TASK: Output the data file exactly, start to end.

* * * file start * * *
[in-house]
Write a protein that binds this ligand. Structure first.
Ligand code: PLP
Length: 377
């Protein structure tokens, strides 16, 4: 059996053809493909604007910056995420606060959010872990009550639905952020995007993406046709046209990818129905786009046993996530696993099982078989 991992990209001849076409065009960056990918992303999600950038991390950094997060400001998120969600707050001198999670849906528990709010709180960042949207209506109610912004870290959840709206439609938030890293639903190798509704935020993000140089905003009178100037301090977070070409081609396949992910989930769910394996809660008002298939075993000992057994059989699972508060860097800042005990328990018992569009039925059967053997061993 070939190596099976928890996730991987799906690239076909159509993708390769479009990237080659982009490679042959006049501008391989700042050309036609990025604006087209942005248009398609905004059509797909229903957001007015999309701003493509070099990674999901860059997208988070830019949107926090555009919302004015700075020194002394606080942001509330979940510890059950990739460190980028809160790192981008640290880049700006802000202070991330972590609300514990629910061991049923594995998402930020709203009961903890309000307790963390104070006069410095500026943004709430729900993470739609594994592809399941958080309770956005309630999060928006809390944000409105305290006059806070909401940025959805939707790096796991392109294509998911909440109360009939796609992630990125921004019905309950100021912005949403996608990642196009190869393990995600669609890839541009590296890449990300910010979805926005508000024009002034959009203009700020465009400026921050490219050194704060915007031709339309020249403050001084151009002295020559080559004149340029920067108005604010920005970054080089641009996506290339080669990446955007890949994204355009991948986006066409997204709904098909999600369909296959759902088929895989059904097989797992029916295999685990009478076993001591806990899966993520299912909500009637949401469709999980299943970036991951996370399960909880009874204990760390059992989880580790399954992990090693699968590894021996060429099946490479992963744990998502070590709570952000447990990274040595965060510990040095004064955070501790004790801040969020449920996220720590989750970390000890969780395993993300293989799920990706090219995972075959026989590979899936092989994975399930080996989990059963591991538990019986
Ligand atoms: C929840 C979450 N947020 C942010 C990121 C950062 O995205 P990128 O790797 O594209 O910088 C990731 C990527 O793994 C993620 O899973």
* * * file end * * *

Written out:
[in-house]
Write a protein that binds this ligand. Structure first.
Ligand code: PLP
Length: 377
């Protein structure tokens, strides 16, 4: 059996053809493909604007910056995420606060959010872990009550639905952020995007993406046709046209990818129905786009046993996530696993099982078989 991992990209001849076409065009960056990918992303999600950038991390950094997060400001998120969600707050001198999670849906528990709010709180960042949207209506109610912004870290959840709206439609938030890293639903190798509704935020993000140089905003009178100037301090977070070409081609396949992910989930769910394996809660008002298939075993000992057994059989699972508060860097800042005990328990018992569009039925059967053997061993 070939190596099976928890996730991987799906690239076909159509993708390769479009990237080659982009490679042959006049501008391989700042050309036609990025604006087209942005248009398609905004059509797909229903957001007015999309701003493509070099990674999901860059997208988070830019949107926090555009919302004015700075020194002394606080942001509330979940510890059950990739460190980028809160790192981008640290880049700006802000202070991330972590609300514990629910061991049923594995998402930020709203009961903890309000307790963390104070006069410095500026943004709430729900993470739609594994592809399941958080309770956005309630999060928006809390944000409105305290006059806070909401940025959805939707790096796991392109294509998911909440109360009939796609992630990125921004019905309950100021912005949403996608990642196009190869393990995600669609890839541009590296890449990300910010979805926005508000024009002034959009203009700020465009400026921050490219050194704060915007031709339309020249403050001084151009002295020559080559004149340029920067108005604010920005970054080089641009996506290339080669990446955007890949994204355009991948986006066409997204709904098909999600369909296959759902088929895989059904097989797992029916295999685990009478076993001591806990899966993520299912909500009637949401469709999980299943970036991951996370399960909880009874204990760390059992989880580790399954992990090693699968590894021996060429099946490479992963744990998502070590709570952000447990990274040595965060510990040095004064955070501790004790801040969020449920996220720590989750970390000890969780395993993300293989799920990706090219995972075959026989590979899936092989994975399930080996989990059963591991538990019986
Ligand atoms: C929840 C979450 N947020 C942010 C990121 C950062 O995205 P990128 O790797 O594209 O910088 C990731 C990527 O793994 C993620 O899973």